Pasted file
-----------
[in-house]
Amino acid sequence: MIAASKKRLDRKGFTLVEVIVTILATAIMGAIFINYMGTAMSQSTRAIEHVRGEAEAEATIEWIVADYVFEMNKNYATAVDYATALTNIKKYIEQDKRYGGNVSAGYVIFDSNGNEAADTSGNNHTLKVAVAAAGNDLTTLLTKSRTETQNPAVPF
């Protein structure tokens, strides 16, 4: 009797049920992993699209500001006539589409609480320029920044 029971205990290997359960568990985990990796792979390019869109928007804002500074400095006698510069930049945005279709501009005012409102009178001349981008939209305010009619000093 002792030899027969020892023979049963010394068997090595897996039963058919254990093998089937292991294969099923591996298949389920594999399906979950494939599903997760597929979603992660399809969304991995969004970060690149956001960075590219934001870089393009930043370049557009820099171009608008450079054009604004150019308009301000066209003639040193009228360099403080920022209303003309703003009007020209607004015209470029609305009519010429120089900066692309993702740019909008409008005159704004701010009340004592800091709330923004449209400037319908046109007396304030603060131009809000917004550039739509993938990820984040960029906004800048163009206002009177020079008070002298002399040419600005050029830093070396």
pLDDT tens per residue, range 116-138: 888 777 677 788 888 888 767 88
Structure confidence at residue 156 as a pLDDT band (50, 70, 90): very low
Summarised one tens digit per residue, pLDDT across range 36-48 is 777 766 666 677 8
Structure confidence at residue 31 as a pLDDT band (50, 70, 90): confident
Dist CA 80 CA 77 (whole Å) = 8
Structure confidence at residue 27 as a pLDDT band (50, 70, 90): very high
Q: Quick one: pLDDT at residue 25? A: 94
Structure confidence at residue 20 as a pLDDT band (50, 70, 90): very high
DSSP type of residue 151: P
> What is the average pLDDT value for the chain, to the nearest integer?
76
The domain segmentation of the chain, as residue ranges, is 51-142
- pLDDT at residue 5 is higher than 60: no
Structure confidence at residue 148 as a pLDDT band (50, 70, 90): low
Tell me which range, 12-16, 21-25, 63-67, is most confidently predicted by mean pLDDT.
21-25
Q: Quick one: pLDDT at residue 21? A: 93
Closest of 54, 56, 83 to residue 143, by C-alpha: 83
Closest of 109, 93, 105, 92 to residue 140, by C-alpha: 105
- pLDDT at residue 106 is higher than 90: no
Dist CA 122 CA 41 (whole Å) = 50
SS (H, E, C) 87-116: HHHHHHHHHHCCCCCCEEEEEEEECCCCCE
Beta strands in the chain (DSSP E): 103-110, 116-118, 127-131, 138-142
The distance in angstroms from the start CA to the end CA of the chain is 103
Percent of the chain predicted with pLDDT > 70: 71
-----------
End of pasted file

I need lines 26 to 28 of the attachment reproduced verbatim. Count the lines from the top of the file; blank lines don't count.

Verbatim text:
Beta strands in the chain (DSSP E): 103-110, 116-118, 127-131, 138-142
The distance in angstroms from the start CA to the end CA of the chain is 103
Percent of the chain predicted with pLDDT > 70: 71